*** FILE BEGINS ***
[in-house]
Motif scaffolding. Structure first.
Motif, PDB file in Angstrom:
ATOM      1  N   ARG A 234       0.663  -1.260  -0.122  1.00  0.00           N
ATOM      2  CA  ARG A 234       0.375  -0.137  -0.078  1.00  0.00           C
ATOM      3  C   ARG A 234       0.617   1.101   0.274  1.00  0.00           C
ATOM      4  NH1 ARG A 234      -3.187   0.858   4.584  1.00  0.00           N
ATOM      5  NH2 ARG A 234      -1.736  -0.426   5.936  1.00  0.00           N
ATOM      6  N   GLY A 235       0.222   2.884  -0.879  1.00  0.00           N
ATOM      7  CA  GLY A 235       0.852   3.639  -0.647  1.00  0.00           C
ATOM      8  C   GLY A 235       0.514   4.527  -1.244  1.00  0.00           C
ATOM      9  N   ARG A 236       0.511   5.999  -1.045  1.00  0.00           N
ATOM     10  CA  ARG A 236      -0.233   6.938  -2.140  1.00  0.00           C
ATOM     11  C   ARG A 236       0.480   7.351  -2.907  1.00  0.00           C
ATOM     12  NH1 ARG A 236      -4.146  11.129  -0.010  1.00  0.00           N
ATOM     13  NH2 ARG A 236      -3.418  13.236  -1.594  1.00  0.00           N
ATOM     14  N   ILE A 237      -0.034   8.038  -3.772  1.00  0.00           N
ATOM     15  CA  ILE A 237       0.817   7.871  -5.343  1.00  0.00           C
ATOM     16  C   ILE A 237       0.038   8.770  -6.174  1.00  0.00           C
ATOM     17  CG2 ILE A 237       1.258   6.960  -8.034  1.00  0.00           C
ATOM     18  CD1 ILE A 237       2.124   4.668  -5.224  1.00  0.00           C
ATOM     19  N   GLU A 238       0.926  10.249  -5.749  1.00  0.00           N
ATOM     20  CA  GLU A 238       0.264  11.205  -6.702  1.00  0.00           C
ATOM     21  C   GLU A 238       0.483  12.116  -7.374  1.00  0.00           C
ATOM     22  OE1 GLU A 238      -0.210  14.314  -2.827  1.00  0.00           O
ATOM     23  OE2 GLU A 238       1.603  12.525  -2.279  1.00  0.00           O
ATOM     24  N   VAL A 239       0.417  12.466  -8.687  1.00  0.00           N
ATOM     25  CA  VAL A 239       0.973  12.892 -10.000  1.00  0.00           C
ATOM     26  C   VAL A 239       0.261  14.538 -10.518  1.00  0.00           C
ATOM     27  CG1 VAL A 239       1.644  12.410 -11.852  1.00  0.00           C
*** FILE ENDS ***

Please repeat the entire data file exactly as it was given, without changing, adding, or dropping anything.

[in-house]
Motif scaffolding. Structure first.
Motif, PDB file in Angstrom:
ATOM      1  N   ARG A 234       0.663  -1.260  -0.122  1.00  0.00           N
ATOM      2  CA  ARG A 234       0.375  -0.137  -0.078  1.00  0.00           C
ATOM      3  C   ARG A 234       0.617   1.101   0.274  1.00  0.00           C
ATOM      4  NH1 ARG A 234      -3.187   0.858   4.584  1.00  0.00           N
ATOM      5  NH2 ARG A 234      -1.736  -0.426   5.936  1.00  0.00           N
ATOM      6  N   GLY A 235       0.222   2.884  -0.879  1.00  0.00           N
ATOM      7  CA  GLY A 235       0.852   3.639  -0.647  1.00  0.00           C
ATOM      8  C   GLY A 235       0.514   4.527  -1.244  1.00  0.00           C
ATOM      9  N   ARG A 236       0.511   5.999  -1.045  1.00  0.00           N
ATOM     10  CA  ARG A 236      -0.233   6.938  -2.140  1.00  0.00           C
ATOM     11  C   ARG A 236       0.480   7.351  -2.907  1.00  0.00           C
ATOM     12  NH1 ARG A 236      -4.146  11.129  -0.010  1.00  0.00           N
ATOM     13  NH2 ARG A 236      -3.418  13.236  -1.594  1.00  0.00           N
ATOM     14  N   ILE A 237      -0.034   8.038  -3.772  1.00  0.00           N
ATOM     15  CA  ILE A 237       0.817   7.871  -5.343  1.00  0.00           C
ATOM     16  C   ILE A 237       0.038   8.770  -6.174  1.00  0.00           C
ATOM     17  CG2 ILE A 237       1.258   6.960  -8.034  1.00  0.00           C
ATOM     18  CD1 ILE A 237       2.124   4.668  -5.224  1.00  0.00           C
ATOM     19  N   GLU A 238       0.926  10.249  -5.749  1.00  0.00           N
ATOM     20  CA  GLU A 238       0.264  11.205  -6.702  1.00  0.00           C
ATOM     21  C   GLU A 238       0.483  12.116  -7.374  1.00  0.00           C
ATOM     22  OE1 GLU A 238      -0.210  14.314  -2.827  1.00  0.00           O
ATOM     23  OE2 GLU A 238       1.603  12.525  -2.279  1.00  0.00           O
ATOM     24  N   VAL A 239       0.417  12.466  -8.687  1.00  0.00           N
ATOM     25  CA  VAL A 239       0.973  12.892 -10.000  1.00  0.00           C
ATOM     26  C   VAL A 239       0.261  14.538 -10.518  1.00  0.00           C
ATOM     27  CG1 VAL A 239       1.644  12.410 -11.852  1.00  0.00           C